Even if the validity of the arbitration agreement was not a question for the arbitrator, I find that Humphries' claim of a lack of consideration in support of the agreement is without merit. In the Employee Acknowledgement Forms signed by Humphries, both she and SLU make a mutual promise to resolve any work related disputes between them through arbitration in consideration of both parties waiving any right to pursue their claims in court. A mutual promise between an employee and an employer to arbitrate employment disputes is valid consideration to create an enforceable bilateral contract. Jimenez v. Cintas Corp., 475 S.W.3d 679, 685-686 (Mo.Ct.App. 2015). Because the arbitration agreement between Humphries and SLU contains a mutual agreement to arbitrate it is a valid contractual agreement. See McIntosh v. Tenet Health Sys. Hosps., Inc./Lutheran Med. Ctr., 48 S.W.3d 85, 89 (Mo.Ct.App. 2001) (finding a similar arbitration agreement between a Tenet hospital and a hospital employee to be an enforceable contract under Missouri law).

         In her second ground for opposing arbitration Humphries asserts that the agreement is unconscionable based on a lack of consideration. This ground is without a factual foundation because, as discussed above, the arbitration agreement is supported by valid consideration. Alternatively, Humphries argues that the agreement is unconscionable based on the unequal bargaining power between Humphries and SLU. The fact that one party to an arbitration agreement has a superior bargaining position over the other party does not, standing alone, make the agreement unconscionable. Fallo, 559 F.3d at 878. The agreement at issue was not hidden in unreadable fine print. Nor does Humphries allege that SLU used high-pressure techniques to get Humphries to sign the agreement. In addition, Humphries' share of the arbitration fees is capped at $109.28 by the terms of the agreement. As a result, Humphries has failed to allege any facts that would support a finding that the arbitration agreement was unconscionable.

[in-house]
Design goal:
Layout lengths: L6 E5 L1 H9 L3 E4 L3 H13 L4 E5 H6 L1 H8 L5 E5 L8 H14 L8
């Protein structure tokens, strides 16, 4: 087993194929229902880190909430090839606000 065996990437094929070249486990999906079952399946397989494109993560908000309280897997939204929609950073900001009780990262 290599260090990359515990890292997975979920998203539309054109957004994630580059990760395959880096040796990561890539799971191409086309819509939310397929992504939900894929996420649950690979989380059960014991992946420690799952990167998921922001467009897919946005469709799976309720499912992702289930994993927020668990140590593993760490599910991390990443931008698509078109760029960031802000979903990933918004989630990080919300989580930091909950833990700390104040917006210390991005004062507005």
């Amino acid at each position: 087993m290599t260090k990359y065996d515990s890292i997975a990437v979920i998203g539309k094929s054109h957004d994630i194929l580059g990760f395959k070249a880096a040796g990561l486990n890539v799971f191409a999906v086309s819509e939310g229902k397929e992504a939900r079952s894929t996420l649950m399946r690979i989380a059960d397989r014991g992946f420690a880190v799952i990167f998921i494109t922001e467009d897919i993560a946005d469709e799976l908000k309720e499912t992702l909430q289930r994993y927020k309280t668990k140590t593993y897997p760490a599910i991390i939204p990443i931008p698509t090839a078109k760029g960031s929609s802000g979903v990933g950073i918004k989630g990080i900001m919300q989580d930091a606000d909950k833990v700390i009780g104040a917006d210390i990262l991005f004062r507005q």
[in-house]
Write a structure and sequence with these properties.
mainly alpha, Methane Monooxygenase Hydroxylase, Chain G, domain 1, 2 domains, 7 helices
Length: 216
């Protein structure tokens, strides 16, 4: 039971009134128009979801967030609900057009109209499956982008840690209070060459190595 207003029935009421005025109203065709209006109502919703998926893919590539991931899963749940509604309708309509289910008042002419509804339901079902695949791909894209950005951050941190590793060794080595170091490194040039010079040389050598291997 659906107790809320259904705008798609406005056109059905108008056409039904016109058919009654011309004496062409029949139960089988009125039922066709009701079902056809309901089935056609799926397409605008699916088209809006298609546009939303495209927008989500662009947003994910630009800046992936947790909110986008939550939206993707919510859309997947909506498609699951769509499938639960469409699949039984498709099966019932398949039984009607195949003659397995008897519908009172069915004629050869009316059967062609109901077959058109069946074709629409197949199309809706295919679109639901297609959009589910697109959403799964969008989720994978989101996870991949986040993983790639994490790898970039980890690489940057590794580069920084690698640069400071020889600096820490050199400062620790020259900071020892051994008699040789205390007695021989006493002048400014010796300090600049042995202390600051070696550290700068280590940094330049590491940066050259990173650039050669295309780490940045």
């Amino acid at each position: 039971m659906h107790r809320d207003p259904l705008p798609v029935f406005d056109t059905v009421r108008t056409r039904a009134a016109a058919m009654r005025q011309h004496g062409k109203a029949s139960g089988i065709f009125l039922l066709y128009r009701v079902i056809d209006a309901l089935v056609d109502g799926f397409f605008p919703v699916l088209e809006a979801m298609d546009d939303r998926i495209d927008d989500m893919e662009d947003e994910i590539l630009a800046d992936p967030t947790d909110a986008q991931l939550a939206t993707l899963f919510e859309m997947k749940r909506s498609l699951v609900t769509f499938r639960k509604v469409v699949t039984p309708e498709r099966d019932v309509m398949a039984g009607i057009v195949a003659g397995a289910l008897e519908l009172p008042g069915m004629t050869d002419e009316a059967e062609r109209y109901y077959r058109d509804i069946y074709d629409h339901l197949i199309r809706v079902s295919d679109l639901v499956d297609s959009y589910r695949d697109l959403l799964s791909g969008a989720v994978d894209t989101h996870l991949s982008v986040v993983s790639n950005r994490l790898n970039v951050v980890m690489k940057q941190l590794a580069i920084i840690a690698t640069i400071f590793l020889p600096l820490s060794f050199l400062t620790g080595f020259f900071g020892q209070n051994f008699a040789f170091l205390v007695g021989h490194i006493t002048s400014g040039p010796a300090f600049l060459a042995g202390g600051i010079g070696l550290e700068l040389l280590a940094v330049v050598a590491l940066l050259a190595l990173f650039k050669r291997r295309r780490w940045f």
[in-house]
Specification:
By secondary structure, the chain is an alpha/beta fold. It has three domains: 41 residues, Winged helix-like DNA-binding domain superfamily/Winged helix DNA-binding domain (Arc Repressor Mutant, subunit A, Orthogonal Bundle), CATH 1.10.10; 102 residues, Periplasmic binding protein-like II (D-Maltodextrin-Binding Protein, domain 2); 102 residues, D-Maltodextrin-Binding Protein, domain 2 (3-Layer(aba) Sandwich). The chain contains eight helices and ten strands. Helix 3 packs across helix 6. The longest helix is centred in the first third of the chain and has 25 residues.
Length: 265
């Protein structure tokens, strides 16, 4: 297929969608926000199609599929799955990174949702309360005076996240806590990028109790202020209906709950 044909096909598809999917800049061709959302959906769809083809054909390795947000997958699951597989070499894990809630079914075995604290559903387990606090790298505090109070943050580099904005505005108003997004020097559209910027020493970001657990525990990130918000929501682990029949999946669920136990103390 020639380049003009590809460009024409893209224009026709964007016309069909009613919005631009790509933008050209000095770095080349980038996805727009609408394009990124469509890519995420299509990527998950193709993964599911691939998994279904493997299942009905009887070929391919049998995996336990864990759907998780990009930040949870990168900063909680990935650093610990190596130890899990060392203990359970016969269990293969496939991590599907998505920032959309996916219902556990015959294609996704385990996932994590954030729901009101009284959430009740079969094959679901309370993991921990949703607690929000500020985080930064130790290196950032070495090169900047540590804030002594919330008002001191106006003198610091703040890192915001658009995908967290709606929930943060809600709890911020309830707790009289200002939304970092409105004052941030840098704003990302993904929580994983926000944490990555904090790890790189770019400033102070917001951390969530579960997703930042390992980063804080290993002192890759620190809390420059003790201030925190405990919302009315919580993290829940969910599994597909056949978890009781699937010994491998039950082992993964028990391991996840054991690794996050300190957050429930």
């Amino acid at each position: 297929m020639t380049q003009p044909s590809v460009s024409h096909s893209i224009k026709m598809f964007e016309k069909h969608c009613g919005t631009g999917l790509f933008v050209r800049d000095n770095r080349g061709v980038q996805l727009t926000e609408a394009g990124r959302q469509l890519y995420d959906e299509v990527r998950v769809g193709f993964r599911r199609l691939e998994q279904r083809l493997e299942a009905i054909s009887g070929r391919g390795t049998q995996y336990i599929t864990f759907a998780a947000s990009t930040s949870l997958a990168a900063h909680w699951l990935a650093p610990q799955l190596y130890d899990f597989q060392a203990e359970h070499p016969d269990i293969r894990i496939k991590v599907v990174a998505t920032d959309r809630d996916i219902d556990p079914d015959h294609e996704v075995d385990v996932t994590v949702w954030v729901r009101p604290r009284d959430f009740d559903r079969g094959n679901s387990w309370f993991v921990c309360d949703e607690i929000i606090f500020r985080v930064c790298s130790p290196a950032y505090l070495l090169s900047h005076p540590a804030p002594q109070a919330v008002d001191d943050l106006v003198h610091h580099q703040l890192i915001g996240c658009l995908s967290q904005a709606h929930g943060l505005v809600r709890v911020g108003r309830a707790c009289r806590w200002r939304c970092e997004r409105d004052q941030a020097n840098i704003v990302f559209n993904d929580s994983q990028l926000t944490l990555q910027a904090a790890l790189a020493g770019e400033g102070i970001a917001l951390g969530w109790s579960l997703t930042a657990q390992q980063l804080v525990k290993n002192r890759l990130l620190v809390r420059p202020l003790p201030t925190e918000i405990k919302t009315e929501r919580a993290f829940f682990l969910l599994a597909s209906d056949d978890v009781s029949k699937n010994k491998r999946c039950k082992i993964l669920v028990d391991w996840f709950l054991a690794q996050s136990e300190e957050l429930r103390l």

Based on my finding that this matter should be sent to arbitration, I will stay the case and grant SLU's motion to refer Humphries' claims to arbitration. Houlihan v. Offerman & Co., 31 F.3d 692, 695 (8th Cir. 1994) (“A federal court must stay court proceedings and compel arbitration once it determines that the dispute falls within the scope of a valid arbitration agreement.”).

         Accordingly, IT IS HEREBY ORDERED that Defendants SSM Health Care Corporation and St. Louis University's motion to stay this matter and refer the claims to arbitration [9] is GRANTED.

         IT IS FURTHER ORDERED that this case is stayed until the arbitration process is completed. The parties shall notify the Court of the completion of the arbitration process or any other development which would affect the stay of this matter.

         IT IS FURTHER ORDERED that the Clerk of Court shall ...